EEE survivor, his family living with a debilitating neurological nightmare

To view this site, you need to have Flash Player 9.0.115 or later installed. Click here to get the latest Flash player.

August 31, 2012, 10:38 pm
SHARE THIS POST
Print Article


(NECN: Josh Brogadir) - This time of year - you often hear the warnings about harmful mosquitoes.
     
In fact, there are 33 communities in Massachusetts where mosquitoes have tested positive for EEE.

One man is living proof of the dangers.
     
He got Eastern Equine Encephalitis two years ago.

His is a survivor's story about how one bite changed every moment of his life.

This is an illness that robs even survivors of their basic life skills, creating a debilitating neurological nightmare for victim and family.

When we tell you about EEE, we typically show you mosquitoes buzzing around, swamp land with traps, warning maps of confirmed locations, even planes ready for takeoff to spray from the air.

We've shown you the sadness of the loss of life - from 5-year-old Adreanna Wing to 80-year-old Marty Newfield.

But what we typically don't see is what happens to survivors, because live or die, if you get EEE, things will never be the same again.

This is what living with Eastern Equine Encephalitis looks like, the brain damage it has caused on Jeff Fuller, of Middleboro, Mass. two years after he was bitten by a mosquito.

"My husband's a big guy and a mosquito took him down. And I think that's the most shocking part of all of this," said Jeff's wife, Maureen Fuller.

Jeff's life changed forever on August 21, 2010.

But it's not just his life.

See these two kids, 10-year-old Ben and 7-year-old Shannon; after two years, they've just now started to see parts of their Dad that they once knew.

"At first he couldn't do anything, but then he got better and better," said his son Ben Fuller.

And his wife Maureen, who has been by her husband's side and for these two years, has had to play nurse, mother, and father.

"It's not easy," she said. "But we have two small kids and every day they get up and they still want breakfast."

We'd like to focus this report on what Jeff Fuller can do, but what he still can't do, cannot be ignored.

For example, he remembers things that happened years ago, but not always what he did this morning.

We asked him what he had for breakfast.

"Cake," he said.

"Cer..." helped Maureen.

"Yeah cereal," Jeff then said.

He can walk, but not all that well. He can talk, but is quite limited in what he's able to say.

With the help of Jenn, his full-time aide, Jeff's re-learning how to read basic words; however, his sense of humor is intact.

"You remember my sister singing to you, right?" Maureen asked.

"Yeah," Jeff said.

"She used to drive you crazy," Maureen said.

"Yeah right," Jeff laughed.

And then, we witnessed something that gave us the chills, something amazing.

His wife brought out an iPad, and this man who has trouble stringing together even a few words, had a full-on duet with Freddie Mercury, recalling all the lyrics, in key, of Bohemian Rhapsody by Queen.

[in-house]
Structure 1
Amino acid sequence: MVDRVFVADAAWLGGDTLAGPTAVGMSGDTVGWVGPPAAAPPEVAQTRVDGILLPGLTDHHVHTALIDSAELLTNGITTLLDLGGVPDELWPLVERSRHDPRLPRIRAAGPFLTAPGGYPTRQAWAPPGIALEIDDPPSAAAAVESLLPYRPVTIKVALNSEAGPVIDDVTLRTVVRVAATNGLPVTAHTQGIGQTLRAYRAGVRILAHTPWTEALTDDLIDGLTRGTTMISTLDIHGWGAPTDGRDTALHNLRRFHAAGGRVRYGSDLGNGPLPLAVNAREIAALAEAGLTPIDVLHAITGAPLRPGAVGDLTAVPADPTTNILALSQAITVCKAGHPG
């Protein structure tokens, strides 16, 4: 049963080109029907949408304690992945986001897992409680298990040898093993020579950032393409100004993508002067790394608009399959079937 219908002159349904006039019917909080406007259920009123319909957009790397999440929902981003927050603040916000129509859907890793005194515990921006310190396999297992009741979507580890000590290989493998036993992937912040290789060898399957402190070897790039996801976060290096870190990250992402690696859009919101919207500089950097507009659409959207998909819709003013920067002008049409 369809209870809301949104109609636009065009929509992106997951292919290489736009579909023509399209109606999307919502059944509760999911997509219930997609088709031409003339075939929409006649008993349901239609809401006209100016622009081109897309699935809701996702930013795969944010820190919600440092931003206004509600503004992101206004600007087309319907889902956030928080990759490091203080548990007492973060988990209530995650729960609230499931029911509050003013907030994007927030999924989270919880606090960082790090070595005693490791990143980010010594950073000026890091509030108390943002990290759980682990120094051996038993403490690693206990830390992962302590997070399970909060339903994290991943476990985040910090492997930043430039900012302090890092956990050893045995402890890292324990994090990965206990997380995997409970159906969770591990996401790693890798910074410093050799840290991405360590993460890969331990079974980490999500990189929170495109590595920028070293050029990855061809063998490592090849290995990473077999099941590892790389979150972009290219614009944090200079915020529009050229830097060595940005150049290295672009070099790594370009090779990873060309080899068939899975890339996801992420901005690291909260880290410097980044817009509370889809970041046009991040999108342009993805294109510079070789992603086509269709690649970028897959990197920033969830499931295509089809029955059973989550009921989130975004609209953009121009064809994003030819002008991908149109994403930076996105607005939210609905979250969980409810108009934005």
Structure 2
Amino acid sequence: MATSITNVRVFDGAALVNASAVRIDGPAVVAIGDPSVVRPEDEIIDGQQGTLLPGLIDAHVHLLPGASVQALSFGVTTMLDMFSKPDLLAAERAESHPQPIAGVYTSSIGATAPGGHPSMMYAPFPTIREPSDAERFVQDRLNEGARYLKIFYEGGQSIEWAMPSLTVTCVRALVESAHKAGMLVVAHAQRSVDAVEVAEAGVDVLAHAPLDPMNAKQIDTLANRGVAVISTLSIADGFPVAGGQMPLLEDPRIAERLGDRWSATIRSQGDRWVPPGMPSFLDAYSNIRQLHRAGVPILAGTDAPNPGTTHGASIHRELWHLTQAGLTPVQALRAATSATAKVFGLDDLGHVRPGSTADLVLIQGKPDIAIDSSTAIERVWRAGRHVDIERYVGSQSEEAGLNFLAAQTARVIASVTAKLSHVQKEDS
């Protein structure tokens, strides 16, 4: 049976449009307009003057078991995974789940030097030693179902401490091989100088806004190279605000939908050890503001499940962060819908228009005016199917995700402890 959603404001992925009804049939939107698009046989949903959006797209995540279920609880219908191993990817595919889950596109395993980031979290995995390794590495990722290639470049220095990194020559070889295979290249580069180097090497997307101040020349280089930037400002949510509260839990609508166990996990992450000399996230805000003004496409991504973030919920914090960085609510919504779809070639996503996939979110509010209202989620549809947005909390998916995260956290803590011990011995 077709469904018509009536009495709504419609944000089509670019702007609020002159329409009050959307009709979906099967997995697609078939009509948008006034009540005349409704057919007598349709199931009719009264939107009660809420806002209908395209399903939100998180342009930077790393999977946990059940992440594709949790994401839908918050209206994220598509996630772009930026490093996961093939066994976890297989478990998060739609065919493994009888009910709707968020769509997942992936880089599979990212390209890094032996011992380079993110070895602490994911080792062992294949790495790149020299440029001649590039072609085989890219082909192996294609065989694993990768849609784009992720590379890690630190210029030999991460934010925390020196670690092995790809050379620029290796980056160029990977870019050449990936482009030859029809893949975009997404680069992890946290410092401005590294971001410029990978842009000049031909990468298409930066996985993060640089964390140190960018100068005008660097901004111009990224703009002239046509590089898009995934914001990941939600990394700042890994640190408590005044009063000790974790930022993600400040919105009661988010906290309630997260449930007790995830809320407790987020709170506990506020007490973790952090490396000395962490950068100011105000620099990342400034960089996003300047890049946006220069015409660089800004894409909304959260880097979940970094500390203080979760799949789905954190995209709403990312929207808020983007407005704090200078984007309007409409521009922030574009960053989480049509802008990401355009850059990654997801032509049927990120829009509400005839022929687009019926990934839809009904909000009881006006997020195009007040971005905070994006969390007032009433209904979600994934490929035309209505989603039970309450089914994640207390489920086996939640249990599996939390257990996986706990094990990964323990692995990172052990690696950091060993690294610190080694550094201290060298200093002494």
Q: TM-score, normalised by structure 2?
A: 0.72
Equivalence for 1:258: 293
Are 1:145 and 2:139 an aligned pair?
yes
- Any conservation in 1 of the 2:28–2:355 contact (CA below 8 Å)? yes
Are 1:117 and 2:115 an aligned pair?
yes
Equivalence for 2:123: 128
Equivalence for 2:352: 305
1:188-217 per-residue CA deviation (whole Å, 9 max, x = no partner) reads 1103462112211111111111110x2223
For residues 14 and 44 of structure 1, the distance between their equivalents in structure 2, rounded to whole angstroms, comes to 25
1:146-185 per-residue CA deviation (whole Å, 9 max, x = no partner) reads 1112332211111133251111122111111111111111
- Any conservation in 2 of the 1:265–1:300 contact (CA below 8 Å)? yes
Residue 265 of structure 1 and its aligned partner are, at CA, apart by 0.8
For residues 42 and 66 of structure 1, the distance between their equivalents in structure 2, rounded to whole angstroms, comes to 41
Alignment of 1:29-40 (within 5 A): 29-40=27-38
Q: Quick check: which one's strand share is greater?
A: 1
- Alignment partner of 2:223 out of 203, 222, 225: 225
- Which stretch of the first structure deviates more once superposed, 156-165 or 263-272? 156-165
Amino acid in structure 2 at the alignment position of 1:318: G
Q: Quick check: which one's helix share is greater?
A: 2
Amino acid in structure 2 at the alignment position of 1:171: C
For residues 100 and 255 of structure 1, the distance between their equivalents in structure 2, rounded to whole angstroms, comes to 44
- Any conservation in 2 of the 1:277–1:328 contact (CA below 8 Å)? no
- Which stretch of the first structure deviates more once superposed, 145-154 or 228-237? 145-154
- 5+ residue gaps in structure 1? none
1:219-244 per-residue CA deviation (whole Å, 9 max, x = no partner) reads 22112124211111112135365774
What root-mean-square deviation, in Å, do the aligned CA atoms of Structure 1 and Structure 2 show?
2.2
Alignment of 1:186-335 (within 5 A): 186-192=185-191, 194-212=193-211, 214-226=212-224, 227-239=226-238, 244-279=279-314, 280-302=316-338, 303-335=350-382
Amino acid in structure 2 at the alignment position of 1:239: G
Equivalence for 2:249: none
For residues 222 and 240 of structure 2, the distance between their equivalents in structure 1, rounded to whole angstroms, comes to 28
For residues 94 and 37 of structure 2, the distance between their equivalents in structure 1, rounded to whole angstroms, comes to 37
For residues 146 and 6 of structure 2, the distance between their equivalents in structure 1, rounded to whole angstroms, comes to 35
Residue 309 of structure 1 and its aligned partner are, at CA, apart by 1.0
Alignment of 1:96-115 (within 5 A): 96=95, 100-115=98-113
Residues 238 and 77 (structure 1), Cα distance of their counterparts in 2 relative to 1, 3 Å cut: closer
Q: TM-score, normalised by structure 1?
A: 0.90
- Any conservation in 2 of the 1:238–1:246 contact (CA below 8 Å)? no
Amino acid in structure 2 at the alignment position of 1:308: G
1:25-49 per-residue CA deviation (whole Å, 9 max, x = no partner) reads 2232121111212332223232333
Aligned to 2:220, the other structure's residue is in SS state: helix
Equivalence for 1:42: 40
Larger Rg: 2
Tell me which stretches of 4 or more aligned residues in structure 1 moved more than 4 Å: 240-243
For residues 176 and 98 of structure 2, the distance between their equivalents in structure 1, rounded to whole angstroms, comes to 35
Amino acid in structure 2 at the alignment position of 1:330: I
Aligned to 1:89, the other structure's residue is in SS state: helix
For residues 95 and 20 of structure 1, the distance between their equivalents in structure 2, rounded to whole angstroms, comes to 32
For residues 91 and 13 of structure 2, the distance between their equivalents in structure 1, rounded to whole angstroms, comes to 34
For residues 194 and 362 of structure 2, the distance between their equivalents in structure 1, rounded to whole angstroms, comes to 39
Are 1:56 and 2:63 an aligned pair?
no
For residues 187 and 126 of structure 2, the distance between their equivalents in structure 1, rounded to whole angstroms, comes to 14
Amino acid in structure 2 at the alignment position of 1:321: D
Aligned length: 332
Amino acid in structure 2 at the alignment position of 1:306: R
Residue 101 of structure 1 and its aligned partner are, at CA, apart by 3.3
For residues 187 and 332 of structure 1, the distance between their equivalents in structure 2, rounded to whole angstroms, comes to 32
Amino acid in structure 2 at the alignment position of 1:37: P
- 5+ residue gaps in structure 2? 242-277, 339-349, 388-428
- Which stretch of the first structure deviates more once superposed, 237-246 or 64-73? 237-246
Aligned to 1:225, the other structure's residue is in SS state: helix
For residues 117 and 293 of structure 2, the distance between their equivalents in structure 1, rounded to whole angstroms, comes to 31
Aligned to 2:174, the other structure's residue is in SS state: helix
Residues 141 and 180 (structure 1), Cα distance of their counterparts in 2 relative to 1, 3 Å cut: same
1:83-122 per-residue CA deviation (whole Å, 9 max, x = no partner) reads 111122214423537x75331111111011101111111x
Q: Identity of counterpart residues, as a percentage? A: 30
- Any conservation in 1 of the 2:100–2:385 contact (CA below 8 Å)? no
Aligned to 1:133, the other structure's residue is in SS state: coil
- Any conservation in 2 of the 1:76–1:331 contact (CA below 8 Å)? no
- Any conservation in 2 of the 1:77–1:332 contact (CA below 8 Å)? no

Two years ago, Jeff Fuller was a healthy 43-year-old.

An avid outdoorsman who had worked as a commercial fisherman, and a product development specialist at Draper Knitting Company in Canton. He was a a healthy, happy, rugged, independent guy who seemed indestructible to himself and his family.

"We always thought, we are two healthy adults. We always worried about the kids or the elderly," Maureen said.

It was at the Maple Park Family campground in East Wareham, Mass. when Jeff first felt sick, with a bad headache. He later drove to his house with his kids, and when his wife came home from working an overnight shift the next day, his fever had spiked to 104.

"He started talking crazy about all this crazy stuff. And I'm like, oh, something's not right. So I said, you've got to get in the car and go to the hospital," Maureen said.     

The first year was coma, hospital, rehab, battles with the insurance company and the state - In a word: uncertainty.

Where was he bitten? The yard? Who could be next? Would Jeff ever recover? And what are the far-reaching effects on their family?

We asked if they go outside in the evenings.

"Never," Maureen said. "Not if I can avoid it. We were at a barbeque the other night and the kids wanted to stay. I was like, I don't think so."

Learning to deal with this new life is only part of this story. Warning the public about what the Fullers know now and wish they had known before, is the other.

People who throw caution to the wind, who don't wear bug spray at dusk, especially in southeastern Massachusetts, may be on the unwelcome, receiving end of a mosquito that flies by.

"And I understand that the chances are very rare. But we don't play the numbers anymore with stuff like that," Maureen said.   

With this past mild winter and early heat, some experts think this could be the worst EEE season yet.
     
As for Jeff, he goes to day rehab for brain injuries, and he has been getting oxygen therapy which Maureen says is helping.
     
Though she wants to get a special tank, he can't get a prescription because health officials say he does not have a respiratory problem.

Tags: massachusetts, family , Josh Brogadir, Survivor , Middleboro, EEE, Eastern Equine Encephalitis, Jeff Fuller, mosquito borne illness
RELATED STORIES
COMMENTS
Threats to Wheatley Hall were made Thursday and Tuesday; 29-year-old senior Dean Beckford has been arraigned and held on $20K bail
The Boston Fire Department responded to Long Wharf for a report of a person in the water around 12:30 p.m. Wednesday
Robert J. Volpe is in stable, but critical condition at UMass Medical Center in Worcester